After examining carefully all the circumstances of the case, Alexander conceived the very bold plan of building a broad causeway from the main-land to the island on which the city was founded, out of the ruins of old Tyre, and then marching his army over upon it to the walls of the city, where he could then plant his engines and make a breach. This would seem to be a very desperate undertaking. It is true the stones remaining on the site of the old city afforded sufficient materials for the construction of the pier, but then the work must go on against a tremendous opposition, both from the walls of the city itself and from the Tyrian ships in the harbor. It would seem to be almost impossible to protect the men from these attacks so as to allow the operations to proceed at all, and the difficulty and danger must increase very rapidly as the work should approach the walls of the city. But, notwithstanding these objections, Alexander determined to proceed. Tyre must be taken, and this was obviously the only possible mode of taking it.

The soldiers advanced to undertake the work with great readiness. Their strong personal attachment to Alexander; their confidence that whatever he should plan and attempt would succeed; the novelty and boldness of this design of reaching an island by building an isthmus to it from the main-land—these and other similar considerations excited the ardor and enthusiasm of the troops to the highest degree.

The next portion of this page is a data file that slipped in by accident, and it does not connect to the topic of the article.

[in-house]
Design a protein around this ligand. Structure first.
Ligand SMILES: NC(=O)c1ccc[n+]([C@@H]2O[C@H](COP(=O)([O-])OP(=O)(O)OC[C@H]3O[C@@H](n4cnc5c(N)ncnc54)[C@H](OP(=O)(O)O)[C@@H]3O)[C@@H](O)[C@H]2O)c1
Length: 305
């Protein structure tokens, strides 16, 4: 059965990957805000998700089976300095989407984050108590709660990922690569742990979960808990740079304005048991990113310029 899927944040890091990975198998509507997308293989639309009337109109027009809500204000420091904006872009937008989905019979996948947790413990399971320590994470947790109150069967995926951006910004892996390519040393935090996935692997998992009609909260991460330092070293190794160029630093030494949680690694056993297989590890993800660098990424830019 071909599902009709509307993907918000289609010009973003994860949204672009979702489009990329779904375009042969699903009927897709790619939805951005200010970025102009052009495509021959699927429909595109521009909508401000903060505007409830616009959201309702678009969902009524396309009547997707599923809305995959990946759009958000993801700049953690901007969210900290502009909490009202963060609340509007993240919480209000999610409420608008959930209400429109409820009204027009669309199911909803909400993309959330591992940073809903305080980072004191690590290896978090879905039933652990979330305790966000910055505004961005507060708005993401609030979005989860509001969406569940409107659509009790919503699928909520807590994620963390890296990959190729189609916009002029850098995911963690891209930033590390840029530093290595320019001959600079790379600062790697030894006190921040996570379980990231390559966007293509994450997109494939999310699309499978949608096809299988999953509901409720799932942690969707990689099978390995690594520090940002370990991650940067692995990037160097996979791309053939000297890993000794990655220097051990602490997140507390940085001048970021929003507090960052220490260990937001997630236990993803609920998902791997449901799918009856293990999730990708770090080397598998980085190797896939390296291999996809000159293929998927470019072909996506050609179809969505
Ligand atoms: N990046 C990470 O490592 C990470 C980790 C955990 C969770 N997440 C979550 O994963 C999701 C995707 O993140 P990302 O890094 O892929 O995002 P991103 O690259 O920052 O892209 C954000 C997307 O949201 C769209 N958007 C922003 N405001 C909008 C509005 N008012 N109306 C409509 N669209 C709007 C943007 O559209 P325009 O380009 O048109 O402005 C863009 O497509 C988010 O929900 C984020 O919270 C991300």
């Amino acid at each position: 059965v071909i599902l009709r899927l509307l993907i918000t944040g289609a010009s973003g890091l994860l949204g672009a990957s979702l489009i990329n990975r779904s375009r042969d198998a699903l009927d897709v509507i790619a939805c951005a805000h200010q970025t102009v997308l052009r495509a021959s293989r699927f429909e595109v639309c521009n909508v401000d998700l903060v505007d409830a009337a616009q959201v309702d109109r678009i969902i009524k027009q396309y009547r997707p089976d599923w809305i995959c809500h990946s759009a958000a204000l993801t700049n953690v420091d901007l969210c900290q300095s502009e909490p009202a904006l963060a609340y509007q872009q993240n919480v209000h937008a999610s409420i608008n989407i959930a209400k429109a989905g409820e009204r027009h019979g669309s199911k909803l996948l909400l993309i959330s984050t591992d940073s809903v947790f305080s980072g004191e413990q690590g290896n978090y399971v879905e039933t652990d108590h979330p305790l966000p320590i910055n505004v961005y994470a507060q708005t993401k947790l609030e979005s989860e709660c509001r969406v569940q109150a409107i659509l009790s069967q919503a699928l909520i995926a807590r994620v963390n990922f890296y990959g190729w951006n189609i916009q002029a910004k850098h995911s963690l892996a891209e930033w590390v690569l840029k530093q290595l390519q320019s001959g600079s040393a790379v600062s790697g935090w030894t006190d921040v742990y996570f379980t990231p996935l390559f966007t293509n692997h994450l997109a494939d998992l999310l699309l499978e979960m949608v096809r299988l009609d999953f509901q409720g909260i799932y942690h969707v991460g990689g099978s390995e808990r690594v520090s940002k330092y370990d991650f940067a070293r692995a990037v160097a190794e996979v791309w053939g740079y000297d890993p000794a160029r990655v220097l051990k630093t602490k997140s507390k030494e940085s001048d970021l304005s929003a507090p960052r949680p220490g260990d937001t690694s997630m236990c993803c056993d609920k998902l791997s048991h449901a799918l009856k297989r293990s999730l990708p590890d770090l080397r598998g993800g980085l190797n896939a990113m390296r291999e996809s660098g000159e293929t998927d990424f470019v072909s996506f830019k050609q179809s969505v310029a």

In constructing works of this kind in the water, the material used is sometimes stone and sometimes earth. So far as earth is employed, it is necessary to resort to some means to prevent its spreading under the water, or being washed away by the dash of the waves at its sides. This is usually effected by driving what are called piles, which are long beams of wood, pointed at the end, and driven into the earth by means of powerful engines. Alexander sent parties of men into the mountains of Lebanon, where were vast forests of cedars, which were very celebrated in ancient times, and which are often alluded to in the sacred scriptures. They cut down these trees, and brought the stems of them to the shore, where they sharpened them at one end and drove them into the sand, in order to protect the sides of their embankment. Others brought stones from the ruins and tumbled them into the sea in the direction where the pier was to be built. It was some time before the work made such progress as to attract much attention from Tyre. At length, however, when the people of the city saw it gradually increasing in size and advancing toward them, they concluded that they must engage in earnest in the work of arresting its progress.

They accordingly constructed engines on the walls to throw heavy darts and stones over the water to the men upon the pier. They sent secretly to the tribes that inhabited the valleys and ravines among the mountains, to attack the parties at work there, and they landed forces from the city at some distance from the pier, and then marched along the shore, and attempted to drive away the men that were engaged in carrying stones from the ruins. They also fitted up and manned some galleys of large size, and brought them up near to the pier itself, and attacked the men who were at work upon it with stones, darts, arrows, and missiles of every description.